I hoped that my file would already be recorded in the system, but it wasn’t. None of my paperwork was on file. Nothing. Then, the manager advised me to wait a few more months, and to call up the Boyeros Municipal Government from time to time to check on the status of my case.
I did just that.
At that time, I was stressed because of the water situation I had in my house as well. Only God knows where I was able to find the patience to not lose my mind when I heard this news there.
As the director had dengue, another person saw me who had the gall to tell me that my block doesn’t have the capacity to install a telephone, when I know full well there is, as a school was shut down on my block which had 10 telephones installed. Furthermore, the box where all the telephone cables are kept is located right in front of my home.
“Patience, Luis, be patient,” I’d say to myself whilst the man continued on his demagogic spiel.
It was topped off by what he told me when I said: “If I had 500 CUC, I’m sure that the capacity necessary would appear out of nowhere to install the telephone line for me.” Assuming the role of the honest hero or I don’t know what, he demanded that I tell him which Etecsa employee had made me such an offer so that he could then denounce them to the police for corruption and fraud.
When I heard these words, I was embarrassed for him and I wanted to laugh in his face, a lot. Like he didn’t know where these kinds of offers came from. My patience had already gone past breaking point but I had to stay there until my paperwork was finalized.
Keeping my calm face on, I found out from him that, nine months after I made my request at the Labor and Social Security office in my town, it would then be assessed by the government, passed onto other institutions which would then reevaluate my case before presenting it to Etecsa’s board of directors. If they approved my file, they would then give the order for my landline to be installed. And then, finally, news of the approval would trickle down again from the top to where the request was first made.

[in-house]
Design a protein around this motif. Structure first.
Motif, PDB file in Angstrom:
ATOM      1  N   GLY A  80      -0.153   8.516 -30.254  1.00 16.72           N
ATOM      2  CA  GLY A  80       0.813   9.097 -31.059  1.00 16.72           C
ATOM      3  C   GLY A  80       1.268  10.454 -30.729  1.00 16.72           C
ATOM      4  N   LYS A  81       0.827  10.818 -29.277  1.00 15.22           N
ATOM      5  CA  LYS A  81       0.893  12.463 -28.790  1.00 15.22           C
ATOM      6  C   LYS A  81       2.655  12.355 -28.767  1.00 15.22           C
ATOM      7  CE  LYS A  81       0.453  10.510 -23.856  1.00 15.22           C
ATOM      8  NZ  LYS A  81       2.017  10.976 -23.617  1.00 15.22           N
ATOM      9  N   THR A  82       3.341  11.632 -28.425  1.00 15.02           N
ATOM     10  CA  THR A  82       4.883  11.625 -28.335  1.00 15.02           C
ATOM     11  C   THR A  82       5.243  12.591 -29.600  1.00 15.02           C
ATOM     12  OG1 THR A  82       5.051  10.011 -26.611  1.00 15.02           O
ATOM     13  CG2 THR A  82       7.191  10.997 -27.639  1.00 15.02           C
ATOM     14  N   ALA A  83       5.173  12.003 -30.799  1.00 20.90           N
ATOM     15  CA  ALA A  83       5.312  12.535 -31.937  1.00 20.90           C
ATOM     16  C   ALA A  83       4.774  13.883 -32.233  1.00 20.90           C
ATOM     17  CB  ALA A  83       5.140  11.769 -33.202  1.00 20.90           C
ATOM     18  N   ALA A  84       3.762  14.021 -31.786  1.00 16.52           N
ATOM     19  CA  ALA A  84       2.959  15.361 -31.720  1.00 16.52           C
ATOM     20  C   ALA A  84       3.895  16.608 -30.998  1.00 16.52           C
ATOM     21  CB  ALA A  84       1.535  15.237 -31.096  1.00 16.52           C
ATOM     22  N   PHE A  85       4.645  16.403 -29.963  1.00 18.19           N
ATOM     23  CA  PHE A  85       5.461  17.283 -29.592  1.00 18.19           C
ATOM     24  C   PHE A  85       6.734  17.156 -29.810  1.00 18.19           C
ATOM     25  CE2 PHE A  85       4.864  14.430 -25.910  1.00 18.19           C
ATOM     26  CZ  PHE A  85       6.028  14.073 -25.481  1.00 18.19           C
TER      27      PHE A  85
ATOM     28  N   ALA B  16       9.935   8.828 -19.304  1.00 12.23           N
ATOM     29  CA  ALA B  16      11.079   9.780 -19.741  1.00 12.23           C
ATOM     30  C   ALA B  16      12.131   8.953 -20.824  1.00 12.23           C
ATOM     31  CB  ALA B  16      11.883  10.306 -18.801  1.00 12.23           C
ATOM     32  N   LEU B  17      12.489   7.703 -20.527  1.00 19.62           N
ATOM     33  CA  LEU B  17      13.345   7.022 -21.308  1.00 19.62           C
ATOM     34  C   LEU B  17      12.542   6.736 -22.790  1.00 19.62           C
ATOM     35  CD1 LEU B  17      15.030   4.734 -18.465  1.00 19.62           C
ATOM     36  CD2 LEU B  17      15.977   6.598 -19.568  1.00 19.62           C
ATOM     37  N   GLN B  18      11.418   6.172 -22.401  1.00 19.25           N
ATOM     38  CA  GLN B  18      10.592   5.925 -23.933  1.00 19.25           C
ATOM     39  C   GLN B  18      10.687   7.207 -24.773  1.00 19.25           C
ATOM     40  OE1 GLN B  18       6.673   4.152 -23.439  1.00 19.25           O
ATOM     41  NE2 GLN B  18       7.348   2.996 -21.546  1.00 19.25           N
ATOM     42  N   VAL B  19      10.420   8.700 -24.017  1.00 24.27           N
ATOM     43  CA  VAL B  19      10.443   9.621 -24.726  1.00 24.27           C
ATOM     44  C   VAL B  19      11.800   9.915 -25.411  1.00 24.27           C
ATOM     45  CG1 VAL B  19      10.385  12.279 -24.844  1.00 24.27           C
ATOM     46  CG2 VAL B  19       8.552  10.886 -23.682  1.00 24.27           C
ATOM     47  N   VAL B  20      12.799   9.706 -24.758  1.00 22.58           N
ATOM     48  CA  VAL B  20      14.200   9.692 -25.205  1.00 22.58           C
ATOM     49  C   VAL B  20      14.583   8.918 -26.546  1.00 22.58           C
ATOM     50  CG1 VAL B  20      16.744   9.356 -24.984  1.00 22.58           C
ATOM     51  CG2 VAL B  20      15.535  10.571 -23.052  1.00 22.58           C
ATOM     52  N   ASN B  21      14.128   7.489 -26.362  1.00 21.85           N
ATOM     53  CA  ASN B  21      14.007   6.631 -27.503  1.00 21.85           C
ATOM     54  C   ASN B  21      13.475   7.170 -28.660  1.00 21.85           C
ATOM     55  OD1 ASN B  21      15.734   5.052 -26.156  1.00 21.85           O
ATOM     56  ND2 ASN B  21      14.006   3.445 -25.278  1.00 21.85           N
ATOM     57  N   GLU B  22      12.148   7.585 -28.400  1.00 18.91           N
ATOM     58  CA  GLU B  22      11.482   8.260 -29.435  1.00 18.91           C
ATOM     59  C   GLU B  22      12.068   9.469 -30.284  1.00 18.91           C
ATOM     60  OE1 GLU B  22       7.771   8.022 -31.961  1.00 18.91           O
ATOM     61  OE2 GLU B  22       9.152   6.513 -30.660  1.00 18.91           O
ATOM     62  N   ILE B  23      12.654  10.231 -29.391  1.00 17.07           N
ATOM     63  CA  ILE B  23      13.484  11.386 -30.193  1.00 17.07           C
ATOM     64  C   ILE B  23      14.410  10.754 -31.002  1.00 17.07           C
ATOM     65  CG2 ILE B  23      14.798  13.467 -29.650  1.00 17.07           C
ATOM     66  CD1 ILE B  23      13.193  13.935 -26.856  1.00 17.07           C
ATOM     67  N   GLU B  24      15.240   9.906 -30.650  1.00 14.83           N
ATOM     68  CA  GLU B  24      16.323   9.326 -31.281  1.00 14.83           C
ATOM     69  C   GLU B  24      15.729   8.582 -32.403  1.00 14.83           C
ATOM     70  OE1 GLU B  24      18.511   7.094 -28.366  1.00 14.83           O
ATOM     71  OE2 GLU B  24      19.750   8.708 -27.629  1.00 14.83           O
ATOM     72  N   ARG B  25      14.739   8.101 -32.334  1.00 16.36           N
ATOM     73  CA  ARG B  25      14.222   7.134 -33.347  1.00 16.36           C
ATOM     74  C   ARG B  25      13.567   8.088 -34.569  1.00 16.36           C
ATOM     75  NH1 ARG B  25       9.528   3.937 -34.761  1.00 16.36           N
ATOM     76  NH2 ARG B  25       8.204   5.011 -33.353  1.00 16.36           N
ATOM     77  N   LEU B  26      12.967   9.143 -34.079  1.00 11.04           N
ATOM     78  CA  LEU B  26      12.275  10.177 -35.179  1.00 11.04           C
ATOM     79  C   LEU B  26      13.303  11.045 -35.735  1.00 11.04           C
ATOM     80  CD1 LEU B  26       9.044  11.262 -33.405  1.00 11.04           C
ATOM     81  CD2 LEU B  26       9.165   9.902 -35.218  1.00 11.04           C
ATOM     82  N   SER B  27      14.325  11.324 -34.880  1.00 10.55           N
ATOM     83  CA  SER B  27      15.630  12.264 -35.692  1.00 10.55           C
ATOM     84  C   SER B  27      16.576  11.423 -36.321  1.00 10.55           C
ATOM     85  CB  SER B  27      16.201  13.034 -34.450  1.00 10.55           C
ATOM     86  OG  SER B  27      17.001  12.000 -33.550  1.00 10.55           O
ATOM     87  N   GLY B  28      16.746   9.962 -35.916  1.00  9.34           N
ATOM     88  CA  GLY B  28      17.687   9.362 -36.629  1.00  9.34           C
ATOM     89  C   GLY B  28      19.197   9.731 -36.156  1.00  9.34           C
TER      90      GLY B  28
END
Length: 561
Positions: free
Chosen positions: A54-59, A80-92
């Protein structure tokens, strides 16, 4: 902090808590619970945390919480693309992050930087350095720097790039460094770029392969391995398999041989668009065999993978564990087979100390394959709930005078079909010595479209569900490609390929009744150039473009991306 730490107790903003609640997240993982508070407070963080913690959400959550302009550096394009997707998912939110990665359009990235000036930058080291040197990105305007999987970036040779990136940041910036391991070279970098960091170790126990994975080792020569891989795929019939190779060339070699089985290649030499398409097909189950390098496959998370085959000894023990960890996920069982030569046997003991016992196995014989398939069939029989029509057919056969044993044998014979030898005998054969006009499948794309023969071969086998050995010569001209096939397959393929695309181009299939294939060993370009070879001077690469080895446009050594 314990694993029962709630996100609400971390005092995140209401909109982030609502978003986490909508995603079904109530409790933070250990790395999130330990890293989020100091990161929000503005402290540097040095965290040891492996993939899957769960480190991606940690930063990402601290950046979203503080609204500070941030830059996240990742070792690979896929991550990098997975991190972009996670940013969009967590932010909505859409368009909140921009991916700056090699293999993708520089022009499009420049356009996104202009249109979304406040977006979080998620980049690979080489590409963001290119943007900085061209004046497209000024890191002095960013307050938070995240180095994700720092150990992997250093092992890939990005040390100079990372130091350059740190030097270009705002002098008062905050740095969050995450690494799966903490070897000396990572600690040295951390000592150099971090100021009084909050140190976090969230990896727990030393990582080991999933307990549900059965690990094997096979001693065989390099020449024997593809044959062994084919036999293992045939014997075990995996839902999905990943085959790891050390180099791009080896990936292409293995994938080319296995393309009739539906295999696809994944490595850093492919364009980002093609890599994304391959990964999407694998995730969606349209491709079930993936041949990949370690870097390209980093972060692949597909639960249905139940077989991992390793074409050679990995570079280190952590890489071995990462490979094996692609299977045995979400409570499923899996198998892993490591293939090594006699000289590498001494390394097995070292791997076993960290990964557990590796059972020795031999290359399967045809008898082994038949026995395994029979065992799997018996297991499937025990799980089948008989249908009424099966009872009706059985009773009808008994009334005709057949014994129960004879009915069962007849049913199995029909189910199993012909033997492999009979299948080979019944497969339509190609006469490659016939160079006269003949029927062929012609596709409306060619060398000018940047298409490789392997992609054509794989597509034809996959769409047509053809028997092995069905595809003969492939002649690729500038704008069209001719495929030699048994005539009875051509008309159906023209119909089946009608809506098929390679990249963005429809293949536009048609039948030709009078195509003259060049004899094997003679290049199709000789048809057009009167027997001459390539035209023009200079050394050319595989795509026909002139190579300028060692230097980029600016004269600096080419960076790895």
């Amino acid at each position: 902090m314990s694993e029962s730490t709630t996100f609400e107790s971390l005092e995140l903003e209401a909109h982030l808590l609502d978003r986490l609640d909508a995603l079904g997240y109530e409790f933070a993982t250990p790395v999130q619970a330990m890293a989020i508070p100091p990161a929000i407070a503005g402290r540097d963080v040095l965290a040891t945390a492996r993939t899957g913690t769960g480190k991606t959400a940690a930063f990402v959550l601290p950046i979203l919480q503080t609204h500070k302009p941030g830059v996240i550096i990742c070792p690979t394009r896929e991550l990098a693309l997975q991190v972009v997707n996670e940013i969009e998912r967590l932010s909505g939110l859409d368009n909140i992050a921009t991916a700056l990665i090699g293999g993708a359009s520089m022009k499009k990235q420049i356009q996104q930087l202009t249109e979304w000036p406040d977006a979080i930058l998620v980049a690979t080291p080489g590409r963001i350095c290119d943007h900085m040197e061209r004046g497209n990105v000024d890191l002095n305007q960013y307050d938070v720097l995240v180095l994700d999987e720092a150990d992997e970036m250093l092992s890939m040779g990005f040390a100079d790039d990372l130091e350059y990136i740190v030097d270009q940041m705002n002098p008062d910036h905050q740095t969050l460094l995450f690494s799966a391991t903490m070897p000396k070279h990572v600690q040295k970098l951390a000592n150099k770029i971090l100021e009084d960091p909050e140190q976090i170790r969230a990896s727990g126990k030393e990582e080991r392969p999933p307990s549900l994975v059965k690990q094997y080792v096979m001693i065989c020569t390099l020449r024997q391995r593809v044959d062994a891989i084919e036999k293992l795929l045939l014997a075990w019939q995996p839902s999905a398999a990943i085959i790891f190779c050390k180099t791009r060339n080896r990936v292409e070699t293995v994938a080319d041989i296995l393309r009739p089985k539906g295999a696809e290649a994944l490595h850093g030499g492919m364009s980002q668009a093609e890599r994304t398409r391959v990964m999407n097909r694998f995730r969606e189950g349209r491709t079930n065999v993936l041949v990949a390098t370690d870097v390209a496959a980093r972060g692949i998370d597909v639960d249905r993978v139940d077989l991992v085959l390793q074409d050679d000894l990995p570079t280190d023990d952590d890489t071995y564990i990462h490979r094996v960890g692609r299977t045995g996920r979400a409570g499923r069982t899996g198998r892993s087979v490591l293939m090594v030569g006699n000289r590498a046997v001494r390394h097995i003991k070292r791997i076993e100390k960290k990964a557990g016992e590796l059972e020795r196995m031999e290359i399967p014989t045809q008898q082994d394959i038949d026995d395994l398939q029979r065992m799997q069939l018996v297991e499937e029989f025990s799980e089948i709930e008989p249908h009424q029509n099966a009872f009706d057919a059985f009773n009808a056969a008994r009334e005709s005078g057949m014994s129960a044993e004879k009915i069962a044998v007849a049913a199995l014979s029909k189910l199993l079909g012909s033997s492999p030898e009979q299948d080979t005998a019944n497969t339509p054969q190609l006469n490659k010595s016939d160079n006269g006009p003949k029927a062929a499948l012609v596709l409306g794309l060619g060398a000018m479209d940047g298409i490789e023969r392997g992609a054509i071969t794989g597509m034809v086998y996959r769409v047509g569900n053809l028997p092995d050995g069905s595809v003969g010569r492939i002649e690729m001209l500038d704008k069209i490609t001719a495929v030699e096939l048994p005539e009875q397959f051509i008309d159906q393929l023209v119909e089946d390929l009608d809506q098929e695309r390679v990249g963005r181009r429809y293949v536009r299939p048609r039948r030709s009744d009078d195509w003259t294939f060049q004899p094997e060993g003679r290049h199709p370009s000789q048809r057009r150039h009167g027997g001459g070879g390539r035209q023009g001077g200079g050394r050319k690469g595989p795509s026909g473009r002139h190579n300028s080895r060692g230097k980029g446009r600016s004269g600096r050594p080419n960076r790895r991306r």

However, that wouldn’t be my case according to the man who saw me, as the only social cases that they were giving priority to “at the top” were those that involved children on hemodialysis. As a result, next year my file will most probably be taken off the priority list.
You tell me, all the time I lost to finally got me nowhere. How sad and how pathetic. So, I returned home to tell my mother the news, who ironically told me, “you have to be half-dead and put up a ladder from here to the heavens in order to go up and do the red tape in person so that things will come back down faster.”
At the end of the day, I’d lost almost two years trying to sort out two pieces of red tape which along the official route have had no solution. My testimony serves as proof against the services and organizational management of Etecsa as well as Aguas de La Habana. They are incompetent and inefficient. Heaps of corruption and too much bureaucracy.